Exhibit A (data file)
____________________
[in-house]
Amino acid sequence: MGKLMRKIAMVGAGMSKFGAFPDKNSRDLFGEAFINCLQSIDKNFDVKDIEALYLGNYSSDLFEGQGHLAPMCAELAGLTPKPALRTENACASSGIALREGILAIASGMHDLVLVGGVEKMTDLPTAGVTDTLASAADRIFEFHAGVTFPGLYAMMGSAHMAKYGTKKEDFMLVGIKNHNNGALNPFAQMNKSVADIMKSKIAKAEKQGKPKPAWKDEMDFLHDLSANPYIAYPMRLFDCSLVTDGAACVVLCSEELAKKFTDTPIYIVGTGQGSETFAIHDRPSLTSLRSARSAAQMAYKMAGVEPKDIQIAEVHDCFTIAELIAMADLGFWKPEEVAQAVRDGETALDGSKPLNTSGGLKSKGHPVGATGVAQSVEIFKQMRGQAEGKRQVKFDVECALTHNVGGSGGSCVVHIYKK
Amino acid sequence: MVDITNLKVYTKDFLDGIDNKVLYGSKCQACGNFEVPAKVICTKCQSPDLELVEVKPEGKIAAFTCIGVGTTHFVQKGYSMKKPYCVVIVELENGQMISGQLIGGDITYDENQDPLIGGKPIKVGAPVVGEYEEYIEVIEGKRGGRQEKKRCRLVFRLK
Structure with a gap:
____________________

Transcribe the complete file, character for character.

[in-house]
Amino acid sequence: MGKLMRKIAMVGAGMSKFGAFPDKNSRDLFGEAFINCLQSIDKNFDVKDIEALYLGNYSSDLFEGQGHLAPMCAELAGLTPKPALRTENACASSGIALREGILAIASGMHDLVLVGGVEKMTDLPTAGVTDTLASAADRIFEFHAGVTFPGLYAMMGSAHMAKYGTKKEDFMLVGIKNHNNGALNPFAQMNKSVADIMKSKIAKAEKQGKPKPAWKDEMDFLHDLSANPYIAYPMRLFDCSLVTDGAACVVLCSEELAKKFTDTPIYIVGTGQGSETFAIHDRPSLTSLRSARSAAQMAYKMAGVEPKDIQIAEVHDCFTIAELIAMADLGFWKPEEVAQAVRDGETALDGSKPLNTSGGLKSKGHPVGATGVAQSVEIFKQMRGQAEGKRQVKFDVECALTHNVGGSGGSCVVHIYKK
Amino acid sequence: MVDITNLKVYTKDFLDGIDNKVLYGSKCQACGNFEVPAKVICTKCQSPDLELVEVKPEGKIAAFTCIGVGTTHFVQKGYSMKKPYCVVIVELENGQMISGQLIGGDITYDENQDPLIGGKPIKVGAPVVGEYEEYIEVIEGKRGGRQEKKRCRLVFRLK
Structure with a gap: